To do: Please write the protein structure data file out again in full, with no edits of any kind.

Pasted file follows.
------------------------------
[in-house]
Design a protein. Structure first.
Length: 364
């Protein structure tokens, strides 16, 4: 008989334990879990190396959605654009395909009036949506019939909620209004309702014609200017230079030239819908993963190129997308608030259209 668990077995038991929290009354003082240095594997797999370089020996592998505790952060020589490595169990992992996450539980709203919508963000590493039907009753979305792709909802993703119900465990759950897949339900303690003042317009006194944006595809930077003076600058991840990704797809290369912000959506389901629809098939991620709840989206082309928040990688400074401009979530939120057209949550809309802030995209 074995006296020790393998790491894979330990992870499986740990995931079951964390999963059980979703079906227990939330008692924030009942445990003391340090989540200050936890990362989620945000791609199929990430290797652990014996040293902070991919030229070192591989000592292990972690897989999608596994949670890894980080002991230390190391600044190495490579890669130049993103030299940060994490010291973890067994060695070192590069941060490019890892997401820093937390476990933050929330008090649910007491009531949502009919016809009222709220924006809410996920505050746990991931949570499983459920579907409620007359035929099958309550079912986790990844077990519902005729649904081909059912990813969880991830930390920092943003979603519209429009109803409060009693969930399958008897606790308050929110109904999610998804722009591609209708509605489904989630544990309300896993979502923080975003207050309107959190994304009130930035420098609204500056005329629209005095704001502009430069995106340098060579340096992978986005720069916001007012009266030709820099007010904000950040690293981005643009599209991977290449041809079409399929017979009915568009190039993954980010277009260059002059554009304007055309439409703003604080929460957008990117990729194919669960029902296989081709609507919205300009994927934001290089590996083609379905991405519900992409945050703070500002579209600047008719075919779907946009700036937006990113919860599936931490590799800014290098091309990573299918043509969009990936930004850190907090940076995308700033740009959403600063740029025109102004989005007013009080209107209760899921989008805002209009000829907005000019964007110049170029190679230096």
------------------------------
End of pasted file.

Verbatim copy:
[in-house]
Design a protein. Structure first.
Length: 364
């Protein structure tokens, strides 16, 4: 008989334990879990190396959605654009395909009036949506019939909620209004309702014609200017230079030239819908993963190129997308608030259209 668990077995038991929290009354003082240095594997797999370089020996592998505790952060020589490595169990992992996450539980709203919508963000590493039907009753979305792709909802993703119900465990759950897949339900303690003042317009006194944006595809930077003076600058991840990704797809290369912000959506389901629809098939991620709840989206082309928040990688400074401009979530939120057209949550809309802030995209 074995006296020790393998790491894979330990992870499986740990995931079951964390999963059980979703079906227990939330008692924030009942445990003391340090989540200050936890990362989620945000791609199929990430290797652990014996040293902070991919030229070192591989000592292990972690897989999608596994949670890894980080002991230390190391600044190495490579890669130049993103030299940060994490010291973890067994060695070192590069941060490019890892997401820093937390476990933050929330008090649910007491009531949502009919016809009222709220924006809410996920505050746990991931949570499983459920579907409620007359035929099958309550079912986790990844077990519902005729649904081909059912990813969880991830930390920092943003979603519209429009109803409060009693969930399958008897606790308050929110109904999610998804722009591609209708509605489904989630544990309300896993979502923080975003207050309107959190994304009130930035420098609204500056005329629209005095704001502009430069995106340098060579340096992978986005720069916001007012009266030709820099007010904000950040690293981005643009599209991977290449041809079409399929017979009915568009190039993954980010277009260059002059554009304007055309439409703003604080929460957008990117990729194919669960029902296989081709609507919205300009994927934001290089590996083609379905991405519900992409945050703070500002579209600047008719075919779907946009700036937006990113919860599936931490590799800014290098091309990573299918043509969009990936930004850190907090940076995308700033740009959403600063740029025109102004989005007013009080209107209760899921989008805002209009000829907005000019964007110049170029190679230096």